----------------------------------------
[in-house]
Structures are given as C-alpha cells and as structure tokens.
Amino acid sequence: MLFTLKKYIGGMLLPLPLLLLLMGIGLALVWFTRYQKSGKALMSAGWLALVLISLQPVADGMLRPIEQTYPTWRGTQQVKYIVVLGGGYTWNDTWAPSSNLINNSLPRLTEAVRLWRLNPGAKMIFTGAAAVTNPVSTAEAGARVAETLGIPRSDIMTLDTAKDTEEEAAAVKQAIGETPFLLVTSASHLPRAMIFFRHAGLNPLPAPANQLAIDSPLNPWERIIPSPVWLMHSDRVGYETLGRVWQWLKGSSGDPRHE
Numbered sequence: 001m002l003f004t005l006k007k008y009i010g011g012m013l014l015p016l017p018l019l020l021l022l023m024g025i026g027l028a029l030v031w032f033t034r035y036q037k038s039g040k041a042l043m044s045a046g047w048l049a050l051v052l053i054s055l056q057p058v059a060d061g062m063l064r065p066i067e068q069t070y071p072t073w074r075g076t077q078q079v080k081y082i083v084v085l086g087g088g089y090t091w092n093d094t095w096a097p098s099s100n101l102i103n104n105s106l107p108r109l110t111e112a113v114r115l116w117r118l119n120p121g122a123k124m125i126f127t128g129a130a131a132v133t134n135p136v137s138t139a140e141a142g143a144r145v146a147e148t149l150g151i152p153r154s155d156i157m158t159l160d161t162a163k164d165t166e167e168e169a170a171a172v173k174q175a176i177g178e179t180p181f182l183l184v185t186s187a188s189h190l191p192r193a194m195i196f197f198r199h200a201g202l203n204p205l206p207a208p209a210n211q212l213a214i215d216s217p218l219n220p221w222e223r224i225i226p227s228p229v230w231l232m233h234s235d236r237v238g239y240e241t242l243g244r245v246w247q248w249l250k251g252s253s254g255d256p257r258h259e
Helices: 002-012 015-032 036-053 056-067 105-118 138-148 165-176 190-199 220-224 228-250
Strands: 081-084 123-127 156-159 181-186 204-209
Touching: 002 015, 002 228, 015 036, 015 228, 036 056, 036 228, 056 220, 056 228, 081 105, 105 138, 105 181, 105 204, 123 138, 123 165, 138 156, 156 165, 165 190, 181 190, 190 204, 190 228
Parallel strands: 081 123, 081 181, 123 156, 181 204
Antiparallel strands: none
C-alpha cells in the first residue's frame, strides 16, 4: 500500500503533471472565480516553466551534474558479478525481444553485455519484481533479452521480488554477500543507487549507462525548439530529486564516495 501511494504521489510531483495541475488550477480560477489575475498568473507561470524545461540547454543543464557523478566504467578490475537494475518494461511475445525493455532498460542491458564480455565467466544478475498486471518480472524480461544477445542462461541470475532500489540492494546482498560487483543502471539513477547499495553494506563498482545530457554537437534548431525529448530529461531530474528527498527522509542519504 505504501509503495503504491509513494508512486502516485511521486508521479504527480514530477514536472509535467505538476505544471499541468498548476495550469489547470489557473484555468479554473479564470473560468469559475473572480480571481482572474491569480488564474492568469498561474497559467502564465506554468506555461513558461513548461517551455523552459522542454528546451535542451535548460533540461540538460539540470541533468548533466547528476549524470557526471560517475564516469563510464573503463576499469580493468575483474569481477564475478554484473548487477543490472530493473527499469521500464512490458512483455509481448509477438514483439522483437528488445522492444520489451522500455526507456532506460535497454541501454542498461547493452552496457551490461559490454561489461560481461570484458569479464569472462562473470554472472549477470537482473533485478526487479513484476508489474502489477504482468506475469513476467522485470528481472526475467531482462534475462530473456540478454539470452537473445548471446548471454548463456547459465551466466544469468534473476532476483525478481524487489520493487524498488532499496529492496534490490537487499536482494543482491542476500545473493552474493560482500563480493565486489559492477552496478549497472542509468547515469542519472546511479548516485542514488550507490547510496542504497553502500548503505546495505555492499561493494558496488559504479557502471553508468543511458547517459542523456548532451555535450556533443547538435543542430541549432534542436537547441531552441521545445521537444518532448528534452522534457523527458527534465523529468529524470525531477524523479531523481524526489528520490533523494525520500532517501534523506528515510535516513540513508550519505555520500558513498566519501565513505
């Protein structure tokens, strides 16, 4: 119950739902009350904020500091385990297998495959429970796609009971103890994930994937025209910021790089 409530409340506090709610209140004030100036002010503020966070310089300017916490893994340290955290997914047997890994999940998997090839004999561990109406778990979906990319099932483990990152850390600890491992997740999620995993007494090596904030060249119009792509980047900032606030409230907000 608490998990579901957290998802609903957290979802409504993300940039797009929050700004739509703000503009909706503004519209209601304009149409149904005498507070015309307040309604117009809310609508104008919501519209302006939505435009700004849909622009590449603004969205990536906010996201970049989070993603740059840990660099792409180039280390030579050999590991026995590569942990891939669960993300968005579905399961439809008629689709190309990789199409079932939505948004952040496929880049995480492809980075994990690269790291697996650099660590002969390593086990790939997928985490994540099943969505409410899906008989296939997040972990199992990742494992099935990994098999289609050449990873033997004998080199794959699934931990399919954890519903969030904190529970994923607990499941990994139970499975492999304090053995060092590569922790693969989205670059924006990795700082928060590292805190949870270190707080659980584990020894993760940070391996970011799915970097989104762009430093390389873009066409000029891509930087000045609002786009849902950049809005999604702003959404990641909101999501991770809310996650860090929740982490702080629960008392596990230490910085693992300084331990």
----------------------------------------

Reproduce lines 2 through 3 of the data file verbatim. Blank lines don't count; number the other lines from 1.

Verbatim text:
Structures are given as C-alpha cells and as structure tokens.
Amino acid sequence: MLFTLKKYIGGMLLPLPLLLLLMGIGLALVWFTRYQKSGKALMSAGWLALVLISLQPVADGMLRPIEQTYPTWRGTQQVKYIVVLGGGYTWNDTWAPSSNLINNSLPRLTEAVRLWRLNPGAKMIFTGAAAVTNPVSTAEAGARVAETLGIPRSDIMTLDTAKDTEEEAAAVKQAIGETPFLLVTSASHLPRAMIFFRHAGLNPLPAPANQLAIDSPLNPWERIIPSPVWLMHSDRVGYETLGRVWQWLKGSSGDPRHE